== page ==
Monday, December 23, 2013

Being Black in China versus being African in China

Hosts Winslow Robertson and Dr. Nkemjika Kalu once again delve into discussions about race in China, and to help guide them through the discussion is Mr. Marketus Presswood, who is pursuing his PhD in Modern Chinese History and has a broad interest in the experience of African-Americans and the African Diaspora as whole in China. Back in July, he wrote a fantastic article for Tea Leaf Nation/The Atlantic called "A Minority in the Middle Kingdom: My Experience Being Black in China," which, well, talked about being black in China. He also has extensive experience in international education, including bringing African-American students to study abroad in China, where he lived for eight years. We asked him to share his thoughts on being Black in China versus being African in China.

PS We actually did line up an African guest but sadly things did not work out! We are not trying to ignore African voices on the subject!



A Minority in the Middle Kingdom: My Experience Being Black in China by Marketus Presswood

Tuesday, December 17, 2013

A lesson in Soft Power

Posted on December 17, 2013 by Nkem

On Africa’s earliest interaction and trade with China, Philip Snow in The Star Raft: China’s Encounter with Africa had the following to say:

A Star Raft was an expedition which carried to the exotic lands the star-like radiance of an imperial ambassador, and the object of its voyage was to win for the emperor the allegiance of distant peoples. The exchange of goods was laden in Chinese eyes with a symbolic significance far outweighing the value of the goods themselves. By trading with the fleet, the African coastal states were paying the Ming emperor the homage they owed him as the sovereign of the world (p. 27).
How different all the same these Chinese visitors were from the Europeans who arrived in Africa seventy years later. Travelling in thousands, armed to the teeth, the Chinese were not aggressive. Unlike the Portuguese they stormed no cities and conquered no land. Even if the sixteenth-century novelist was right to describe an initial conflict, he also makes it clear that the Chinese were tactful, anxious to avoid disturbing the small coastal states any more than was necessary to achieve their basic ends. Unlike the Portuguese they refrained from plunder. Instead they coaxed the coastal rulers into trading by presenting them with gifts of coloured silk. They did not burn, as the Portuguese would, with the urge to impose their religious convictions, to lay siege to African souls. All they sought from Africans was a gesture of symbolic acquiescence in the Chinese view of the world. Mogadishu and Brava, for their part, were happy enough with the relationship to send their envoys to Peking three further times while the Chinese Columbus was on the seas. The Chinese accepted, because the Chinese treated a weak and strange people with courtesy and restraint (p.29).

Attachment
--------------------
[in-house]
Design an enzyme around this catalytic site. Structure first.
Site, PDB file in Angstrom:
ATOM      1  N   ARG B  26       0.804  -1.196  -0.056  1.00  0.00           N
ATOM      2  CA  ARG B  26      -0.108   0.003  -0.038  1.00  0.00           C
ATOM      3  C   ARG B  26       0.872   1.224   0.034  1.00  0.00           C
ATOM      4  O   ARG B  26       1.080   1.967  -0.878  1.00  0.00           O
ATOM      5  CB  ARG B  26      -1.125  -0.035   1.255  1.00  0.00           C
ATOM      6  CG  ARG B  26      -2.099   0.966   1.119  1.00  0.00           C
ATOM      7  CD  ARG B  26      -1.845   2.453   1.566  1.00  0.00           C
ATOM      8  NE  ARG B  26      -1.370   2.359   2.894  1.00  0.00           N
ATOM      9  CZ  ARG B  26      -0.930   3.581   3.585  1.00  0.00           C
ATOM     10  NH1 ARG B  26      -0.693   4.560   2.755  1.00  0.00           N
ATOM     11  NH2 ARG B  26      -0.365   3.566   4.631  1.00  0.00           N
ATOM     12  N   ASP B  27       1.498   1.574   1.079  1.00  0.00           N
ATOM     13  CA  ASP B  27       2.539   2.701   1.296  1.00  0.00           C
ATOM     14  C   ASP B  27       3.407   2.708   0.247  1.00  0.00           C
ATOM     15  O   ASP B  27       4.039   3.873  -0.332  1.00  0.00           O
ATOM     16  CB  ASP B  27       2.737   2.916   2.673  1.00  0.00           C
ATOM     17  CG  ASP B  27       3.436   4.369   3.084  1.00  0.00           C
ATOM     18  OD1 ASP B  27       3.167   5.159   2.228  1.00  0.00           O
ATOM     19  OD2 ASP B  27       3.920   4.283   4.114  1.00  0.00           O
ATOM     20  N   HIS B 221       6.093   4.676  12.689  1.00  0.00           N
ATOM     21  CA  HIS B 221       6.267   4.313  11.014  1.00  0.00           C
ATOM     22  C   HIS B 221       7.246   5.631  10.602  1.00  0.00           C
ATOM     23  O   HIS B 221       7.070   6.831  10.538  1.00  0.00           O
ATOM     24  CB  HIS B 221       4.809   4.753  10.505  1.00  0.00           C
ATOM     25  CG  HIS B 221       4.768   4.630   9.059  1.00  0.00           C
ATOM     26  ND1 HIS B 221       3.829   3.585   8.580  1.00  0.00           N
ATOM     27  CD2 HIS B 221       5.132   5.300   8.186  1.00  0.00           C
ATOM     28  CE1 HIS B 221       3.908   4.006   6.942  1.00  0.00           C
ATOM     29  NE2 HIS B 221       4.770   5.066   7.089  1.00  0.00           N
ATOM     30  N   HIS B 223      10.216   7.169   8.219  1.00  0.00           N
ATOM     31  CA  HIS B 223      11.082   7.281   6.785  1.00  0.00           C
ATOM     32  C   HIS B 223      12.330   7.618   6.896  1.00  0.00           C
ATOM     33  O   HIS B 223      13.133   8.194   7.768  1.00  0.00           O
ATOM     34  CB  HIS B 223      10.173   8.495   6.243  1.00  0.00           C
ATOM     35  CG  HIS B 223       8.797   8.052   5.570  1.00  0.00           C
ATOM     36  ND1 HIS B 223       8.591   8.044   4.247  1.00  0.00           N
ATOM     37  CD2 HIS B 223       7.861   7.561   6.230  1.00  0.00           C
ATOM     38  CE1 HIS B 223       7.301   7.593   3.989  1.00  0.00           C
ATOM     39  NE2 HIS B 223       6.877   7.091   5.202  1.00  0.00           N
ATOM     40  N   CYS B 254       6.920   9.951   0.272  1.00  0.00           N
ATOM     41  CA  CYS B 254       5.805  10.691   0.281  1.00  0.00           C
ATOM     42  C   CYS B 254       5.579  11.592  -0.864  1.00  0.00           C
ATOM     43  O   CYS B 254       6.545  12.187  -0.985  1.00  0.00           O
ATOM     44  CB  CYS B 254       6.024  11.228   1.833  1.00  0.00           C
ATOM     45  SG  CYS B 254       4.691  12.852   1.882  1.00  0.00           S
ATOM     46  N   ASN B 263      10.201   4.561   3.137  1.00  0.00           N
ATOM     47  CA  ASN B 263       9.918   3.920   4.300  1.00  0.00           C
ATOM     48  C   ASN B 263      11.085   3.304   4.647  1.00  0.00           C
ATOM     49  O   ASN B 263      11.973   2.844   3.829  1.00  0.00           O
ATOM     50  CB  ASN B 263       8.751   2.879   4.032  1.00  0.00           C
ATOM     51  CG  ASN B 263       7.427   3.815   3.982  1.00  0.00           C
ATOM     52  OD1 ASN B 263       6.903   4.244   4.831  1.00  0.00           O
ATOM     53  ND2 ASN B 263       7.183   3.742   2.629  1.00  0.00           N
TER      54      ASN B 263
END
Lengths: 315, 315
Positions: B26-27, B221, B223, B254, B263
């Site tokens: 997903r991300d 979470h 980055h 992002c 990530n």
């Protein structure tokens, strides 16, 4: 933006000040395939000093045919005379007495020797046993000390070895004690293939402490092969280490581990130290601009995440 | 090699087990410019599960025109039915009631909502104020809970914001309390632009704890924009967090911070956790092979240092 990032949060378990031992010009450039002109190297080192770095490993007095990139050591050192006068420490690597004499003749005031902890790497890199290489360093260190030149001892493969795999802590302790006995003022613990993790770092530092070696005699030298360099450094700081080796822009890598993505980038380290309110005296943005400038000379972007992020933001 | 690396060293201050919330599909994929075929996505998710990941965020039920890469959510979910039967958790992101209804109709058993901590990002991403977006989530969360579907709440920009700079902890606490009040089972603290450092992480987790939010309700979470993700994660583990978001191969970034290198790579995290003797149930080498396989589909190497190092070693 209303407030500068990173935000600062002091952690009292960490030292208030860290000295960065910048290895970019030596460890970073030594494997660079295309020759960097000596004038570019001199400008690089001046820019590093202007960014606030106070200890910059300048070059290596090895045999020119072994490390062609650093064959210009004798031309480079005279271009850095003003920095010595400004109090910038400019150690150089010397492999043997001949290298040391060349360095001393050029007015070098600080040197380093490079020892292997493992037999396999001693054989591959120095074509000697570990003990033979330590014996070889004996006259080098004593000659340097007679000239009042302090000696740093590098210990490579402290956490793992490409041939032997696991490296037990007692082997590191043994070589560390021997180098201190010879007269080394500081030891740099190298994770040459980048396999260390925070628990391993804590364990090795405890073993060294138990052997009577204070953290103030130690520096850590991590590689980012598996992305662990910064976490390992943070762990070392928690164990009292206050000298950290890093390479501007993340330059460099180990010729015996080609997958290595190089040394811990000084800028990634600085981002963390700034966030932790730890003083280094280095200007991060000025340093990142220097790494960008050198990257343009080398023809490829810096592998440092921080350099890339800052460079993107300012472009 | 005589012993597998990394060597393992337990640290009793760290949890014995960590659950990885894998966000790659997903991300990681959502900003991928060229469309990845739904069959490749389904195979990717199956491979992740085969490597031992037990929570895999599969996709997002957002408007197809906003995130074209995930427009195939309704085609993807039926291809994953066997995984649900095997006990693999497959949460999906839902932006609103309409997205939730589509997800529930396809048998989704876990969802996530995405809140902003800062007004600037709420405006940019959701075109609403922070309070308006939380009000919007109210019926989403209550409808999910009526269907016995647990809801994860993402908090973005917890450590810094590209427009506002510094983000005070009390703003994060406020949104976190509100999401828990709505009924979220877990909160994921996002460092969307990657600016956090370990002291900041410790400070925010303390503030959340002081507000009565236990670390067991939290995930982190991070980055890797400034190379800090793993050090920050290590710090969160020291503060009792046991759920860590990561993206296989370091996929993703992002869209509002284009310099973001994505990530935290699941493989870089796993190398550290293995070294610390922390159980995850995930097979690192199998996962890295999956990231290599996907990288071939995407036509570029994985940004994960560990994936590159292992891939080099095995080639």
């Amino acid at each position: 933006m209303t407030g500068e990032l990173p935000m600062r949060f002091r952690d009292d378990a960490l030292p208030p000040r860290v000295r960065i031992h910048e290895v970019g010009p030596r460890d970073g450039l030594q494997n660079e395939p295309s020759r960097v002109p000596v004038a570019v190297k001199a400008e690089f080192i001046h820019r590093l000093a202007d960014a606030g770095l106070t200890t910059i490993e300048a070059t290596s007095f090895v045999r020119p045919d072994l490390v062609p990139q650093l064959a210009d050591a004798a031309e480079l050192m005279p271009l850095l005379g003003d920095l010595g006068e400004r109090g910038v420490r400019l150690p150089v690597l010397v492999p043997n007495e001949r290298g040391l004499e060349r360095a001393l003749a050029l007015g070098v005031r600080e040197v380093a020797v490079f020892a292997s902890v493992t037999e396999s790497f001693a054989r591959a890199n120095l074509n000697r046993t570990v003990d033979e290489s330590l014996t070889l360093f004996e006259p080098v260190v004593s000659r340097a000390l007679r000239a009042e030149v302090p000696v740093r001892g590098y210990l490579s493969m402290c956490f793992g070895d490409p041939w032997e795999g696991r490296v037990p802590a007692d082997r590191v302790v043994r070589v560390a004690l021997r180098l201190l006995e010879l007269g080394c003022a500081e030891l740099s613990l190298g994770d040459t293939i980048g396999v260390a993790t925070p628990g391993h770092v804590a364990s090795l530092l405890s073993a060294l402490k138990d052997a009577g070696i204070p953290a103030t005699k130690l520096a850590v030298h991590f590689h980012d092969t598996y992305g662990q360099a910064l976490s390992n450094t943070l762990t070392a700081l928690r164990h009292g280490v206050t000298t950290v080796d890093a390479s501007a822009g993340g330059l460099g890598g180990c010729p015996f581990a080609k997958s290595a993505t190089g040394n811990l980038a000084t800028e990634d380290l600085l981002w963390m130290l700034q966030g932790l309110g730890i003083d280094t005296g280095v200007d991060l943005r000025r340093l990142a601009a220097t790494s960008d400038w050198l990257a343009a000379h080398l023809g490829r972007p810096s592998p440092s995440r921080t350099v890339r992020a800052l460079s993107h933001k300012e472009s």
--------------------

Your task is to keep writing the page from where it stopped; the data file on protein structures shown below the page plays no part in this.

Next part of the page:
The quotes above are some of my favorite from Snow’s now dated but still relevant tome on early Chinese interaction with Africa. In many ways his observations can be reframed to represent aspect of current permutations of Sino-African relations in today’s increasingly multi-polar world. For instance, Chinese insistence on African acceptance of the One China Policy as the foundation for diplomatic relations is a symbolic acquiescence to the People’s Republic of China’s communist party’s government’s value for sovereignty. Similarly, Chinese courtship and respect, for economically weak and culturally different African states have won them favor and political support in the international political arena. Although early Chinese relations with African freedom fighting efforts sought to support and promote a socialist/communist agenda, recently the Chinese have not urged African states to adhere to any particular political convictions. But it is naive to believe that the Chinese are not following an economic or political agenda in Africa. Just as the Star Rafts brought glory and prestige to the Emperor, Chinese engagement in Africa is in pursuit of domestic Chinese objectives; much like everyone else is in Africa to pursue their own objectives.

The soft approach is also no longer unique to the Chinese as the US, the UK, and Germany are taking a page out of their playbook and reinforcing their diplomatic relations with African states. In today’s world of multi-polarity and increasing options, despite the retention of the US’s hegemonic influence, the use of soft power is at times more effective than the use of hard power. Easy access to information has increased the value of critical discourse. I would argue that there is a need to push this discourse and to continue to examine foreign policy successes and failures for African states engaging with external actors and the reverse to flesh out best practices and reduce redundancy and ineffectiveness.

Easier said than done.

Monday, December 16, 2013

Mandela, Mao, Media, and Memory

Hosts Winslow Robertson and Dr. Nkemjika Kalu ask how Nelson Mandela's recent death is being interpreted in China. Returning to the show is Mr. Bob Wekesa, an expert on African-Chinese media relations who has written a number of articles on the subject. Wekesa is a PhD candidate at Communication University of China and research associate at the University of the Witwatersrand.



Mandela and the China connection by Bob Wekesa
Mandela's China Connection by Eric Olander and Dr. Cobus van Staden
China's Mandela problem by Phelim Kine

Sunday, December 8, 2013

Who is a terrorist?

Posted on December 8, 2013 by Nkem